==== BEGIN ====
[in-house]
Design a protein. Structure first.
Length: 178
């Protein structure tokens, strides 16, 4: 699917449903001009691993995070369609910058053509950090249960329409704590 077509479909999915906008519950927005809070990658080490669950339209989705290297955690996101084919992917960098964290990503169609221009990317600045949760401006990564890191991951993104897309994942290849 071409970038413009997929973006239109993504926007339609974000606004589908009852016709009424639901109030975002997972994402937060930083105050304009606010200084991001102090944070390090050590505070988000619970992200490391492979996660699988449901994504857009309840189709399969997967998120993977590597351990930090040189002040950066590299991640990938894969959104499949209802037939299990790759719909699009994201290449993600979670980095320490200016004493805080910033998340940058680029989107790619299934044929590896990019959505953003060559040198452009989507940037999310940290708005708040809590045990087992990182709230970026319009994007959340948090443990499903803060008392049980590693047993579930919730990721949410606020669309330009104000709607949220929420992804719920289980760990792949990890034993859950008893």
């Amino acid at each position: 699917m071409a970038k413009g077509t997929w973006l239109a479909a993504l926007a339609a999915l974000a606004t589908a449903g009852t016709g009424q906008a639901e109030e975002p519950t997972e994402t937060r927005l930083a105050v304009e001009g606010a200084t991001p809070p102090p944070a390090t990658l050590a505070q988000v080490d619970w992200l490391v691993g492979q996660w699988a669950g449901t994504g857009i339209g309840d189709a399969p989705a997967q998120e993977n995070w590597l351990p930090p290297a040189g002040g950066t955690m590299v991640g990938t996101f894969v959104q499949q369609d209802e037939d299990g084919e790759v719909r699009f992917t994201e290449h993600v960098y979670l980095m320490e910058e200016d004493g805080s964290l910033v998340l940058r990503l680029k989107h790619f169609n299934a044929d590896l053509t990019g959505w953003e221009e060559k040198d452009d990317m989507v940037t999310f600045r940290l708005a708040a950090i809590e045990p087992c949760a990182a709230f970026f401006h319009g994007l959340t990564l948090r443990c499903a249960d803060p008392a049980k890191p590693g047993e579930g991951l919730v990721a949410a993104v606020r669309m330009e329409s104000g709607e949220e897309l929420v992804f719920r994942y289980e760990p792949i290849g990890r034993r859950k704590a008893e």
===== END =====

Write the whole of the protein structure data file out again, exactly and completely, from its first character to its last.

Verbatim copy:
[in-house]
Design a protein. Structure first.
Length: 178
């Protein structure tokens, strides 16, 4: 699917449903001009691993995070369609910058053509950090249960329409704590 077509479909999915906008519950927005809070990658080490669950339209989705290297955690996101084919992917960098964290990503169609221009990317600045949760401006990564890191991951993104897309994942290849 071409970038413009997929973006239109993504926007339609974000606004589908009852016709009424639901109030975002997972994402937060930083105050304009606010200084991001102090944070390090050590505070988000619970992200490391492979996660699988449901994504857009309840189709399969997967998120993977590597351990930090040189002040950066590299991640990938894969959104499949209802037939299990790759719909699009994201290449993600979670980095320490200016004493805080910033998340940058680029989107790619299934044929590896990019959505953003060559040198452009989507940037999310940290708005708040809590045990087992990182709230970026319009994007959340948090443990499903803060008392049980590693047993579930919730990721949410606020669309330009104000709607949220929420992804719920289980760990792949990890034993859950008893």
């Amino acid at each position: 699917m071409a970038k413009g077509t997929w973006l239109a479909a993504l926007a339609a999915l974000a606004t589908a449903g009852t016709g009424q906008a639901e109030e975002p519950t997972e994402t937060r927005l930083a105050v304009e001009g606010a200084t991001p809070p102090p944070a390090t990658l050590a505070q988000v080490d619970w992200l490391v691993g492979q996660w699988a669950g449901t994504g857009i339209g309840d189709a399969p989705a997967q998120e993977n995070w590597l351990p930090p290297a040189g002040g950066t955690m590299v991640g990938t996101f894969v959104q499949q369609d209802e037939d299990g084919e790759v719909r699009f992917t994201e290449h993600v960098y979670l980095m320490e910058e200016d004493g805080s964290l910033v998340l940058r990503l680029k989107h790619f169609n299934a044929d590896l053509t990019g959505w953003e221009e060559k040198d452009d990317m989507v940037t999310f600045r940290l708005a708040a950090i809590e045990p087992c949760a990182a709230f970026f401006h319009g994007l959340t990564l948090r443990c499903a249960d803060p008392a049980k890191p590693g047993e579930g991951l919730v990721a949410a993104v606020r669309m330009e329409s104000g709607e949220e897309l929420v992804f719920r994942y289980e760990p792949i290849g990890r034993r859950k704590a008893e």